+972 Magazine » News http://972mag.com Independent commentary and news from Israel & Palestine Wed, 22 Oct 2014 20:05:22 +0000 en-US hourly 1 http://wordpress.org/?v=3.8 Ultra-Orthodox Jews tear down ‘bat mitzvah’ ads in Jerusalem http://972mag.com/ultra-orthodox-jews-tear-down-bat-mitzvah-ads-in-jerusalem/97905/ http://972mag.com/ultra-orthodox-jews-tear-down-bat-mitzvah-ads-in-jerusalem/97905/#comments Tue, 21 Oct 2014 13:23:49 +0000 http://972mag.com/?p=97905 Buses carrying ‘Women of the Wall’ advertisements are vandalized and attacked; until earlier this year the Egged bus company refused to run ads featuring photos of women in Jerusalem.

Unlike the majority of Jewish communities in western countries, most girls in Israel do not usually have bat mitzvah ceremonies. A new Jerusalem campaign promoting the right of girls to have the ceremonies at the Western Wall has been met with violence by ultra-Orthodox elements in the city.

Busses carrying the advertisements, paid for by Women of the Wall, have been vandalized and the posters themselves ripped off of public buses. Half of the ads were vandalized, according to the Egged public bus company’s advertising agency.

The posters, which carry Hebrew text saying, “Mom, I want a bat mitzvah at the motel, too,” also feature photos of a bat mitzvah-aged girl and her mother.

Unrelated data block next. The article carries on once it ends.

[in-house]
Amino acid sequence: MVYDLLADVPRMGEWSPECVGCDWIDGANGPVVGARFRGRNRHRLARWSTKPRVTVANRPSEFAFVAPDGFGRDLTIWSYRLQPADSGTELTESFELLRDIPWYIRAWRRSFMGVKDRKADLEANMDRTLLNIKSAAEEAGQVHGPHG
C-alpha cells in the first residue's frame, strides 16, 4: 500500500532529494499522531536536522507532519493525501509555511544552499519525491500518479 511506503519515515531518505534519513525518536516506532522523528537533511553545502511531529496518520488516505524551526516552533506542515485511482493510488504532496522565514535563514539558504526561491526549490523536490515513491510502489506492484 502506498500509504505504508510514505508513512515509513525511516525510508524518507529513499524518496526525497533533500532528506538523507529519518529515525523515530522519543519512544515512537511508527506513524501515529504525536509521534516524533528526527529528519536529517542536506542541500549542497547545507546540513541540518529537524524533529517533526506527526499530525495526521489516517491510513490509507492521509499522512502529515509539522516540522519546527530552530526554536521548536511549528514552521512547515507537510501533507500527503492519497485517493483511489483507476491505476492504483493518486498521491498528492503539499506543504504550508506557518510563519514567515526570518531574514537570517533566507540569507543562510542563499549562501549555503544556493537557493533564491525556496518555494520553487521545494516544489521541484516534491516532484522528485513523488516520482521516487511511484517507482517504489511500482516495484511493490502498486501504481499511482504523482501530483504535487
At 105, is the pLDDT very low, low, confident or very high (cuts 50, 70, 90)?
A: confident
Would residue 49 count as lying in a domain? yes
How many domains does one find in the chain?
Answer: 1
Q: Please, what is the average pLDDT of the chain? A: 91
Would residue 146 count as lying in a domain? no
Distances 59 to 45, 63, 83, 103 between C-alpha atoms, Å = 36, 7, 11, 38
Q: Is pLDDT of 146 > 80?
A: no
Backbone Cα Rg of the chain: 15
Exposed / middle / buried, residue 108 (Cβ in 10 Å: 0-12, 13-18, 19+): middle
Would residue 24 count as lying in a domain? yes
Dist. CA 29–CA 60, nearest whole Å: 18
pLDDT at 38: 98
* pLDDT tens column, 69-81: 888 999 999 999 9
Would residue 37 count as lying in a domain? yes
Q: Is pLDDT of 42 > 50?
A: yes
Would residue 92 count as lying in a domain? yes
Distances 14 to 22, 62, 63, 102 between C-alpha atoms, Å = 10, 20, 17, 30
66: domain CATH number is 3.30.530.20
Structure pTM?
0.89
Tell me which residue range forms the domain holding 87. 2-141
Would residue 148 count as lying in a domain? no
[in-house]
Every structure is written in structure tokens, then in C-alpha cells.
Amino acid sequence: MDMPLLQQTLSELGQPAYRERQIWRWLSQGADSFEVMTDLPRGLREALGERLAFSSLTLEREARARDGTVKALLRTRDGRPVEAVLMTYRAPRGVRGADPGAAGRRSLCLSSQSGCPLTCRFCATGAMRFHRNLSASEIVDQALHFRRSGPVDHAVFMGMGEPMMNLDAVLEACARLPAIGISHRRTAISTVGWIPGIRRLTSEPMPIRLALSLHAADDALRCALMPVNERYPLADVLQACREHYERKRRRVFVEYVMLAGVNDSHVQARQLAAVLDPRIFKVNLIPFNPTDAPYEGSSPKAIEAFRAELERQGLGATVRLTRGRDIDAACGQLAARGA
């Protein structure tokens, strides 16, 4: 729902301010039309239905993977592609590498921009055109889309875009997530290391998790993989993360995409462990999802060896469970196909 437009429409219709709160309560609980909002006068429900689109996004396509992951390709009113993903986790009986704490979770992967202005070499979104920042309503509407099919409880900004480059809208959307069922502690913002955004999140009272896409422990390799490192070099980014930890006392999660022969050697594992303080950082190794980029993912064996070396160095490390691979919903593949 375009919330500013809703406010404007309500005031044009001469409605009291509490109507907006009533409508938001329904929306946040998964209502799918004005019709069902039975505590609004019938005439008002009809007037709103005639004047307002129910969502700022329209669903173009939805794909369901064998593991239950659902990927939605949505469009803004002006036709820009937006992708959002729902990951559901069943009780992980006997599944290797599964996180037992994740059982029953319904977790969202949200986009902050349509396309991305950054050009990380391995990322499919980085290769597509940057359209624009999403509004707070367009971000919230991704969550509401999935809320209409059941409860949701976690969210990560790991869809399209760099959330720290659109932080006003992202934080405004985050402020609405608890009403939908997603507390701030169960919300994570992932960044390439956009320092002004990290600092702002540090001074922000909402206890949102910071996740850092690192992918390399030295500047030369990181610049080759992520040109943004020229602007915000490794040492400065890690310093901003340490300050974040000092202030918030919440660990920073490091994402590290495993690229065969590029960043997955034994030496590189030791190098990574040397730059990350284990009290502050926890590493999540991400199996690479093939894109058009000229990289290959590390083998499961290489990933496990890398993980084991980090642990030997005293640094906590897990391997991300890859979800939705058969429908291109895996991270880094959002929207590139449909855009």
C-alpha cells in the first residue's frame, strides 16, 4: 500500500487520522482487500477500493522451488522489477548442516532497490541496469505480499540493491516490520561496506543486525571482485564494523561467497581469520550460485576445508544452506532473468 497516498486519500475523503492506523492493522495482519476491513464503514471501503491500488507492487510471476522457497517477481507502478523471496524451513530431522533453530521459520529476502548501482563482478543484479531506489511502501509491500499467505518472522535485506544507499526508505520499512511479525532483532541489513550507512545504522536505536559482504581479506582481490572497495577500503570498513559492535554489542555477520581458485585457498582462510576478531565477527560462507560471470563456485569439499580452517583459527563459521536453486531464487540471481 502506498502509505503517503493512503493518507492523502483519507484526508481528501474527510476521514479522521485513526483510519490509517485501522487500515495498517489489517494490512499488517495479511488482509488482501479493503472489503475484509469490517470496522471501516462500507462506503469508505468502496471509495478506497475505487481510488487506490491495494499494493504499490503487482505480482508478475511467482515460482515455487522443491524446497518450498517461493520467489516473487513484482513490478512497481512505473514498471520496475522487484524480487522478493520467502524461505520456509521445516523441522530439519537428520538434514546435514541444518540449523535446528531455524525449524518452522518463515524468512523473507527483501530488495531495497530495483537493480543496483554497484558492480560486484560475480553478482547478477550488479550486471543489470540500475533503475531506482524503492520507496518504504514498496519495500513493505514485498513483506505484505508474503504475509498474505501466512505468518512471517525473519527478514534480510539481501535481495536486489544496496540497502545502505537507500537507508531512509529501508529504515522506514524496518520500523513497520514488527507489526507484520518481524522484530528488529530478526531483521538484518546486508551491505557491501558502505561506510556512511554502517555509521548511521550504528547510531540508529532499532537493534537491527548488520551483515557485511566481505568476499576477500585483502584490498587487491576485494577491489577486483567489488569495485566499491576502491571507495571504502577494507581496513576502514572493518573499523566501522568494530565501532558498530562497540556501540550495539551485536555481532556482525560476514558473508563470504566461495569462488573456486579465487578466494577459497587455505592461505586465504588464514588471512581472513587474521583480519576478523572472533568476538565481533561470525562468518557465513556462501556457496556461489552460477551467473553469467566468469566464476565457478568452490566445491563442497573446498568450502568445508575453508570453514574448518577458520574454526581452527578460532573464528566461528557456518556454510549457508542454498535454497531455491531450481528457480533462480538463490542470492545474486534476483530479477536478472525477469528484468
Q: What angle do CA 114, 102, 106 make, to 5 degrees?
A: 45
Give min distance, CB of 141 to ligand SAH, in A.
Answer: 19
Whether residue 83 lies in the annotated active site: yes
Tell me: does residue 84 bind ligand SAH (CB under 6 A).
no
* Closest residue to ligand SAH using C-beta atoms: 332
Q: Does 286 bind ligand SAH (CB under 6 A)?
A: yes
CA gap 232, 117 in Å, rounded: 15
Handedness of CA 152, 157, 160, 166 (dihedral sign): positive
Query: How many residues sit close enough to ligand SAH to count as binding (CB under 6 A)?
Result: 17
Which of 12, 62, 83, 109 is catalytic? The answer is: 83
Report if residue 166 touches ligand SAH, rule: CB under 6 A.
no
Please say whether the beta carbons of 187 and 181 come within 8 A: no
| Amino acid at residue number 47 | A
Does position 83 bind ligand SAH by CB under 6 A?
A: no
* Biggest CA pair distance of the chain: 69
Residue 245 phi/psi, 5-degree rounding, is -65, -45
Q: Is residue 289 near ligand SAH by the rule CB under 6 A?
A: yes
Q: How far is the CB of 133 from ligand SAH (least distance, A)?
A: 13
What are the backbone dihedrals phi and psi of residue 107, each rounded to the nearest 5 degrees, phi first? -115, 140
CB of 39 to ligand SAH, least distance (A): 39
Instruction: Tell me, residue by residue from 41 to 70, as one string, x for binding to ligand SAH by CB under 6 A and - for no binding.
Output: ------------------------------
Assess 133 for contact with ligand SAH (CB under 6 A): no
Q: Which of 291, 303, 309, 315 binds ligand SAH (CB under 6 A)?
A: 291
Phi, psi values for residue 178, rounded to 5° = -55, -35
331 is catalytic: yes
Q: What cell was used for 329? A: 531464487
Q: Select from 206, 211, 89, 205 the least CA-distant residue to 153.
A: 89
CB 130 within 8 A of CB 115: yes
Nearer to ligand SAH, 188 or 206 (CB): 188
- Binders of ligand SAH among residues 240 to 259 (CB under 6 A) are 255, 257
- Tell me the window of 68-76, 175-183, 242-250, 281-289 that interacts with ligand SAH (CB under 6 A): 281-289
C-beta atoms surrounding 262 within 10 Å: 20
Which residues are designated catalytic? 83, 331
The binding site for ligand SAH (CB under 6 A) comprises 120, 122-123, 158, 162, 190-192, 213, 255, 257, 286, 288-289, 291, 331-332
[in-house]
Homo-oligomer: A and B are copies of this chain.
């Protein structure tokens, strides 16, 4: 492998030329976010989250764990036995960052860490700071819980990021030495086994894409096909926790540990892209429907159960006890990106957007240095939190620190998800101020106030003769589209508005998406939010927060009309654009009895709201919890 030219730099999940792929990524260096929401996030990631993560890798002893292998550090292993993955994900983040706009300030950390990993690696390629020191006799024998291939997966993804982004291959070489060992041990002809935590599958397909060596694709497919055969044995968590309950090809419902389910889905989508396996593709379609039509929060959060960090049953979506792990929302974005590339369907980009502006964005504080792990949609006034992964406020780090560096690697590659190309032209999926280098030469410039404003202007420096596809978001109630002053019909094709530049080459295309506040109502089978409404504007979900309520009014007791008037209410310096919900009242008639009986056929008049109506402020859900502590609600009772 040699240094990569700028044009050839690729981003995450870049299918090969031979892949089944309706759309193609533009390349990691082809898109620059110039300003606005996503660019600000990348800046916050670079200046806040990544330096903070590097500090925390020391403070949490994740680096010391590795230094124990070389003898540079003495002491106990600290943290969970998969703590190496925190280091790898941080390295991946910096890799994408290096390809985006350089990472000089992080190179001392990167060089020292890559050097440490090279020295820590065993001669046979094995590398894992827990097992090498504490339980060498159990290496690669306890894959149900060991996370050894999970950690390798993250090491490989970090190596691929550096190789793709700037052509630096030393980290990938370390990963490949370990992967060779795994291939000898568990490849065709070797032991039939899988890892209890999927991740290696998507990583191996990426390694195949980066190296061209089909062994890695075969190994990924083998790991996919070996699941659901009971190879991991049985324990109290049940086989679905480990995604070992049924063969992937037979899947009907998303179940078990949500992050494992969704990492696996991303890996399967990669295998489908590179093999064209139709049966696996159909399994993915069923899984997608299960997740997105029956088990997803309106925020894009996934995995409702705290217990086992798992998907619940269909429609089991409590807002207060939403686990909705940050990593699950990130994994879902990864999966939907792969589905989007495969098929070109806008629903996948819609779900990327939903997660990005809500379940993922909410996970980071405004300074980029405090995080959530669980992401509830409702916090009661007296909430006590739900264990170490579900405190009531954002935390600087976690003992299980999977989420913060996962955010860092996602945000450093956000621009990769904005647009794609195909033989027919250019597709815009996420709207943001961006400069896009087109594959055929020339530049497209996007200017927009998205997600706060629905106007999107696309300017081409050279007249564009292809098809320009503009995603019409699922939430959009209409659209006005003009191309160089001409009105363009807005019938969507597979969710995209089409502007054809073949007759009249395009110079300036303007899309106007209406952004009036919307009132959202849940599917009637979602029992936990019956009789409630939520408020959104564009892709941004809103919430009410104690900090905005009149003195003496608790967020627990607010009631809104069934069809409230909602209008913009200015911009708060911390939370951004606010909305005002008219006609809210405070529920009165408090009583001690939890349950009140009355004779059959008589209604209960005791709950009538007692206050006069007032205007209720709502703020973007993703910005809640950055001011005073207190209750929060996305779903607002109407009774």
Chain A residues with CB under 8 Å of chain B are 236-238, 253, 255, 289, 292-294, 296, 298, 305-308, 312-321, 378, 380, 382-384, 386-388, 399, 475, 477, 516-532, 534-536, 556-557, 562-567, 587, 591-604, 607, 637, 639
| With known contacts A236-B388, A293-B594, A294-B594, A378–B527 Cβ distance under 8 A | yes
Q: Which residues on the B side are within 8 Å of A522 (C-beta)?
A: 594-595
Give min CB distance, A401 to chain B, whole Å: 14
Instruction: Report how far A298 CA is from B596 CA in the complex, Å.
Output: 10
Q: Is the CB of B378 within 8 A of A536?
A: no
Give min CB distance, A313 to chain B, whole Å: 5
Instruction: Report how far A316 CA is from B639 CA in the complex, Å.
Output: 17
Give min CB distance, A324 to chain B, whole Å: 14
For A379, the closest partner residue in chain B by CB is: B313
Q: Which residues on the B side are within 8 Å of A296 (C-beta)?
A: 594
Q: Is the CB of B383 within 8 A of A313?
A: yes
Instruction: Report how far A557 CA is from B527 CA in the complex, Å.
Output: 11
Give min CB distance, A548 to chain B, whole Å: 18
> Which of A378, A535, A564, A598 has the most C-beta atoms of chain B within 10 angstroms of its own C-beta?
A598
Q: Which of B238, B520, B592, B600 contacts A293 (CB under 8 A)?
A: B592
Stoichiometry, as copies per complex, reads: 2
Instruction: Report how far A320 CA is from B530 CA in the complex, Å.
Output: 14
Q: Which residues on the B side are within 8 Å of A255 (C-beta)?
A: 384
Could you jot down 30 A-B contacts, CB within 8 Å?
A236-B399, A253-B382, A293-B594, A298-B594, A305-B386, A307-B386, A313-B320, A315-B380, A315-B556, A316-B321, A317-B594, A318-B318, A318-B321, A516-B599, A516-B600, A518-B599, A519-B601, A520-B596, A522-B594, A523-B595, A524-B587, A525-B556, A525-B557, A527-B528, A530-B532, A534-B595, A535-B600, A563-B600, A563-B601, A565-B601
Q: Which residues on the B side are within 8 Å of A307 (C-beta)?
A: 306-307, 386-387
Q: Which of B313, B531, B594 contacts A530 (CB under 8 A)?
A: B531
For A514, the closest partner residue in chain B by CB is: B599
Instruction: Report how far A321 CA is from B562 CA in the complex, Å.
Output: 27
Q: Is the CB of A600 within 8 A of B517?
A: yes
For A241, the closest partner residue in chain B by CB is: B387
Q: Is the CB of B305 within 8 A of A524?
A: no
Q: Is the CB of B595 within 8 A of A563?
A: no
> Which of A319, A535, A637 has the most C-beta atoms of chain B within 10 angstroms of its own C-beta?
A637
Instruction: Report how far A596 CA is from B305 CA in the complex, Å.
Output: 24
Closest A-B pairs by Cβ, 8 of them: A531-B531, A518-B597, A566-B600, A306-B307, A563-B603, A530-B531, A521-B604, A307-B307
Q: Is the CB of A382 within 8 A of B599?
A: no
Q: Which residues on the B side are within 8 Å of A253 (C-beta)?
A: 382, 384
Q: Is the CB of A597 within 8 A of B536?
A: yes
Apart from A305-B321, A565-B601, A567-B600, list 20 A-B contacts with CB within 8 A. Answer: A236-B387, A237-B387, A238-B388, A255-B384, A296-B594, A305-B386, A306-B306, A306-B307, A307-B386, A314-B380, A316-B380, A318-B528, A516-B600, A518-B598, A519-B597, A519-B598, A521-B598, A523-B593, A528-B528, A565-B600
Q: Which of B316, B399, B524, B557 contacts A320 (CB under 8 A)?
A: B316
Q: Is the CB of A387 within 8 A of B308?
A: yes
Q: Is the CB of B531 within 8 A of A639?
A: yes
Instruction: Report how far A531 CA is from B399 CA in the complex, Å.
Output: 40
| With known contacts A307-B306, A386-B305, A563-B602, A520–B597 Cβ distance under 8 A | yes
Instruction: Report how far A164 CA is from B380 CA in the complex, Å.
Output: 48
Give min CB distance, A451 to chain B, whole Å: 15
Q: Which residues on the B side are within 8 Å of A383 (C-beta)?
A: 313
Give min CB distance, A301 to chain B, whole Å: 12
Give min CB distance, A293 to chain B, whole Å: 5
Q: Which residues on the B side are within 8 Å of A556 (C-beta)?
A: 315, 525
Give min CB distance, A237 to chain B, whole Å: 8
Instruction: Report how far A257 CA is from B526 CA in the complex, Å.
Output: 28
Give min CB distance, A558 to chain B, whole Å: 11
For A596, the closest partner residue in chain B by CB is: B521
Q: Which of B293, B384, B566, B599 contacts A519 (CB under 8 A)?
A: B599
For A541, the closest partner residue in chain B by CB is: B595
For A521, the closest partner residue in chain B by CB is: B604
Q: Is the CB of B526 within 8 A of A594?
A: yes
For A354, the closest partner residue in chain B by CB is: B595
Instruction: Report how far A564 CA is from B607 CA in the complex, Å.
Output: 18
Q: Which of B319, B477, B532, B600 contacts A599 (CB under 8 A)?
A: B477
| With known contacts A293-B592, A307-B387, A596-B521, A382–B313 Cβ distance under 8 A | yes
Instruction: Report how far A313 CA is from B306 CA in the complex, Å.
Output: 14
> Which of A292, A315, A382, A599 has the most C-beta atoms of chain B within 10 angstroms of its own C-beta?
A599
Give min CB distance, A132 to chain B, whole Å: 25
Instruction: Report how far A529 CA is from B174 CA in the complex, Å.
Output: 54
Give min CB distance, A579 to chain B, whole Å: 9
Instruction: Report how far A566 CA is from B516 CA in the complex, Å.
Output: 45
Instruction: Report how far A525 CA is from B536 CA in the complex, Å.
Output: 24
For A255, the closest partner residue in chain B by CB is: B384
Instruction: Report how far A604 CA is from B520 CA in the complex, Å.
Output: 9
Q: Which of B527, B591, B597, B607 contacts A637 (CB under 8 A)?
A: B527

A damaged 'Women of the Wall' ad on an Egged bus in Jerusalem, October 21, 2014. (Courtesy of Women of the Wall)

A damaged ‘Women of the Wall’ ad on an Egged bus in Jerusalem, October 21, 2014. (Courtesy of Women of the Wall)

Police reportedly had to extricate a bus carrying the ad that was attacked by ultra-Orthodox protesters in Jerusalem in recent days.

The marginalization of women in public spaces

At issue is more than just the idea of young women partaking in bat mitzvah ceremonies. Placing images of any women on public advertisements has been a point of serious contention in Jerusalem for years, part of a larger public struggle against pressure from ultra-Orthodox Israelis to marginalize women in public spaces.